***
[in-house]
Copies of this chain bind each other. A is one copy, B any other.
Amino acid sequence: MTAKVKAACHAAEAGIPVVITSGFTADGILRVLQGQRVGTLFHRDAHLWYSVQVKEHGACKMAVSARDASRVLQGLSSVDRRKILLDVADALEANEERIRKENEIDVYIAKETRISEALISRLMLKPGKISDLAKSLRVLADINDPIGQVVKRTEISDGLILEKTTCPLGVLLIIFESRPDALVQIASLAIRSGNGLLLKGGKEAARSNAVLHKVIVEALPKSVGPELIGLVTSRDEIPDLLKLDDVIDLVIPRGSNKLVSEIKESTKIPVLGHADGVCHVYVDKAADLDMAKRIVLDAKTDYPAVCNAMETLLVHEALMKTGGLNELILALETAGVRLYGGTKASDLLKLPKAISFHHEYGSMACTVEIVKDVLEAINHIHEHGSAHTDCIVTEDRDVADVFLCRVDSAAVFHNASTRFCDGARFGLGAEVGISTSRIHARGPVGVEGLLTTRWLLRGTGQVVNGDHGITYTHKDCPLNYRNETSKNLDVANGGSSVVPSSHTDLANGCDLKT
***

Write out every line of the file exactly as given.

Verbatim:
[in-house]
Copies of this chain bind each other. A is one copy, B any other.
Amino acid sequence: MTAKVKAACHAAEAGIPVVITSGFTADGILRVLQGQRVGTLFHRDAHLWYSVQVKEHGACKMAVSARDASRVLQGLSSVDRRKILLDVADALEANEERIRKENEIDVYIAKETRISEALISRLMLKPGKISDLAKSLRVLADINDPIGQVVKRTEISDGLILEKTTCPLGVLLIIFESRPDALVQIASLAIRSGNGLLLKGGKEAARSNAVLHKVIVEALPKSVGPELIGLVTSRDEIPDLLKLDDVIDLVIPRGSNKLVSEIKESTKIPVLGHADGVCHVYVDKAADLDMAKRIVLDAKTDYPAVCNAMETLLVHEALMKTGGLNELILALETAGVRLYGGTKASDLLKLPKAISFHHEYGSMACTVEIVKDVLEAINHIHEHGSAHTDCIVTEDRDVADVFLCRVDSAAVFHNASTRFCDGARFGLGAEVGISTSRIHARGPVGVEGLLTTRWLLRGTGQVVNGDHGITYTHKDCPLNYRNETSKNLDVANGGSSVVPSSHTDLANGCDLKT